Decades ago, I left my office in Manhattan at noon, once a blizzard started gathering strength. I stood for hours in line at the Port Authority Bus Terminal, and grabbed the last seat at the back of a bus heading home to New Jersey. When we made it through the Lincoln Tunnel, we saw that dozens of cars had been stranded in the deepening snow on the incline that loops around the tunnel entrance. We were stuck for hours. And hours. I eventually made it home at 1:30 a.m.
Meanwhile, my husband, who was working at Kennedy Airport at the time, had driven home through the blizzard, panicking because he hadn’t been able to reach me on our home phone.
When we shared this story with our daughters when they were teenagers, they asked — of course — why we hadn’t just called or texted each other on our cellphones. It was hard for them to imagine that in the early 1980s, cell-phones didn’t exist, no one had a laptop, and there was no such thing as wireless.
The truth is, I have trouble remembering what it was like back then. I’m so addicted to my iPhone that I panic when it’s out of sight. And while that night all those years ago was deﬁnitely anxiety producing, I’ve found that having a cellphone and laptop as my constant companions has made me anxious in a different way, every day.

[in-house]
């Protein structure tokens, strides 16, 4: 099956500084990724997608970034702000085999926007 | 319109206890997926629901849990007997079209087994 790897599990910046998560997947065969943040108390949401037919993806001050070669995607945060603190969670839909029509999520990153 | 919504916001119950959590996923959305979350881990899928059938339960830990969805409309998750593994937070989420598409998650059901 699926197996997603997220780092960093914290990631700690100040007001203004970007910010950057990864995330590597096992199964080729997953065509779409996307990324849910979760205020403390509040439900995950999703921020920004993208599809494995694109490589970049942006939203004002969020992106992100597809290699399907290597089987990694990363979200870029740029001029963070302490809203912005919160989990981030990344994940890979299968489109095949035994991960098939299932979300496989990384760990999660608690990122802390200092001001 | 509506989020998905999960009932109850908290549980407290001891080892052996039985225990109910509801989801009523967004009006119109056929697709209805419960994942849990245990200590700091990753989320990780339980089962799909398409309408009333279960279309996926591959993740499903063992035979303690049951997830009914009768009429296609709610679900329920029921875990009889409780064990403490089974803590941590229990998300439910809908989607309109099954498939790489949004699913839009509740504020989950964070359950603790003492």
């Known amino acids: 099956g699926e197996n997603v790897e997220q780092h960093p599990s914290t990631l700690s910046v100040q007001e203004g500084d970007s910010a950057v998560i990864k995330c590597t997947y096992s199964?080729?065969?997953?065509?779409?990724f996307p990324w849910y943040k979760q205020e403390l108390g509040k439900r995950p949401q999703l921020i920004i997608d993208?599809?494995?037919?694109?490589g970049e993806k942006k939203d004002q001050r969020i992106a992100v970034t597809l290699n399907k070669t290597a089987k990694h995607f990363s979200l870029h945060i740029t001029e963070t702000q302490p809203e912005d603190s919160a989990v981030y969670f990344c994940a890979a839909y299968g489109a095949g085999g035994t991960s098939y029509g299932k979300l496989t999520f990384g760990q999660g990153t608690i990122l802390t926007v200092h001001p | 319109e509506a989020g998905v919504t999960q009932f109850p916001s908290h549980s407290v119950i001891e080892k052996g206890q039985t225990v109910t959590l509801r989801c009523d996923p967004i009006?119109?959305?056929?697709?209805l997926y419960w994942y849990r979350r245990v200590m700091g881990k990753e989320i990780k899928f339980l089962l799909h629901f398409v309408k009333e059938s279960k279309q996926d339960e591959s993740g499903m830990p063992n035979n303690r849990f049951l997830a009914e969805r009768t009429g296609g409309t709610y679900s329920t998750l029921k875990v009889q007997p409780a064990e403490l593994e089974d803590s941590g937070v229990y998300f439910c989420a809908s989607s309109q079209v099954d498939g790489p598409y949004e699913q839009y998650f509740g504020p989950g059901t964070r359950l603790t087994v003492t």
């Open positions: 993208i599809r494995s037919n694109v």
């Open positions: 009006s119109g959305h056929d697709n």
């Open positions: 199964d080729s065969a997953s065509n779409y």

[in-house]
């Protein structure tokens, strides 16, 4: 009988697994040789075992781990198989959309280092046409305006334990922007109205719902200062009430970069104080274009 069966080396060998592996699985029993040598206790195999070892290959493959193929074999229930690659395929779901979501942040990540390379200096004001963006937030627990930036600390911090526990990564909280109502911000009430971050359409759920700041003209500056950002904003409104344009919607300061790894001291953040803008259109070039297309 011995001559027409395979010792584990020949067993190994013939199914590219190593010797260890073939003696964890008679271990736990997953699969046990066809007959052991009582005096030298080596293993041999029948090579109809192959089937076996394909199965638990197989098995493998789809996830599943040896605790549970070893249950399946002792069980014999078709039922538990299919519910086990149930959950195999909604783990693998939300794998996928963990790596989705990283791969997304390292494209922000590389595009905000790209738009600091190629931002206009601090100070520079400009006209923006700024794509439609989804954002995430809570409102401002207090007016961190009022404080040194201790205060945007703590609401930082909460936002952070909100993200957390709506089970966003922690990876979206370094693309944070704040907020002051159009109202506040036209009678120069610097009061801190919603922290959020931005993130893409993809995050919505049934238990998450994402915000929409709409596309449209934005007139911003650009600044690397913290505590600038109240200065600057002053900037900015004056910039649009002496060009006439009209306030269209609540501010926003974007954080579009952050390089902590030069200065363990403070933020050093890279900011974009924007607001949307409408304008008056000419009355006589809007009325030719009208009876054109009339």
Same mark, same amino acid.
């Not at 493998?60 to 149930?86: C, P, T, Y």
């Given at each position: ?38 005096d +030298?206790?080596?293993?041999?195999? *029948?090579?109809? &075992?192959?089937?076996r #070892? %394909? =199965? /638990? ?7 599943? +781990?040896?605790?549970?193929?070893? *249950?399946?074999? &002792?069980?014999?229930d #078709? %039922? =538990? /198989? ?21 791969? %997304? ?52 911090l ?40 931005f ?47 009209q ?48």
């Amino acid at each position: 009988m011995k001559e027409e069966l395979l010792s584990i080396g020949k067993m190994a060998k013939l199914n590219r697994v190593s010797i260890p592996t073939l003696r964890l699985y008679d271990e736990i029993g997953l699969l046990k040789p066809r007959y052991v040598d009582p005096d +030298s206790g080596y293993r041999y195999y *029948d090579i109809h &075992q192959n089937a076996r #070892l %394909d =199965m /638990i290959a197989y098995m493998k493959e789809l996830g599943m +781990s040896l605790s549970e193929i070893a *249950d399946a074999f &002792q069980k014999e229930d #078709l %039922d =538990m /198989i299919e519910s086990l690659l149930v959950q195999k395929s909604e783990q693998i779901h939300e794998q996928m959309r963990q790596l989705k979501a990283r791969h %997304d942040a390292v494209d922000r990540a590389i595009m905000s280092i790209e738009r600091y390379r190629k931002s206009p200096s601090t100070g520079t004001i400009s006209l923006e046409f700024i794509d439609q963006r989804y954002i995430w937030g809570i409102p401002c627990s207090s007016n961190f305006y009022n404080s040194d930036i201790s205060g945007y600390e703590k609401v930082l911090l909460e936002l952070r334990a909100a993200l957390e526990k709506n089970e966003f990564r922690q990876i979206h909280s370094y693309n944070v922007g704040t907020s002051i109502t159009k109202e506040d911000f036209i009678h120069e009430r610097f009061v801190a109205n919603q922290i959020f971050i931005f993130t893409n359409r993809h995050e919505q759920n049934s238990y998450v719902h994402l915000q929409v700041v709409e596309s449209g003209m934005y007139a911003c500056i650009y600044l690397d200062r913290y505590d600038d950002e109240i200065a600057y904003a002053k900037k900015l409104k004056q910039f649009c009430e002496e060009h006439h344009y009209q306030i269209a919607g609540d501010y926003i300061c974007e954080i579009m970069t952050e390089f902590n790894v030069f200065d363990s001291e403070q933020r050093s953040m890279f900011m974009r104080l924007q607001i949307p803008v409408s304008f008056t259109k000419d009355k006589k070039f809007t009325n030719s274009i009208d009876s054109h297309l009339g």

It’s because of email. The extent of my problem was made clear to me recently when I traveled home from Washington, D.C., after attending PCMA’s Visionary Awards last month. Wireless is spotty along Amtrak’s Northeast Corridor on a good day, but that morning there was no connectivity whatsoever for three hours. I felt my anxiety level rise as I pictured emails piling up in my inbox, especially those “pants on ﬁre” emails requiring my immediate attention.
Of course, that’s just plain ridiculous. I take my job very seriously, but I’m not in the business of saving lives. But all of us in the workplace — and particularly professionals in the events industry — struggle with being tethered to our electronics 24/7. Even when we’re off the clock, we’re not off our screens.
There are other work-related expectations that can be crushing and altogether unhealthy — as quite a few of the 800-plus respondents to this year’s Annual Salary Survey shared with us.
We’d like to help quell your anxiety, so when you’re checking out how much your peers are making, also be sure to read our cover story, “Is Your Job Killing You?” Just promise not to be checking your email at the same time.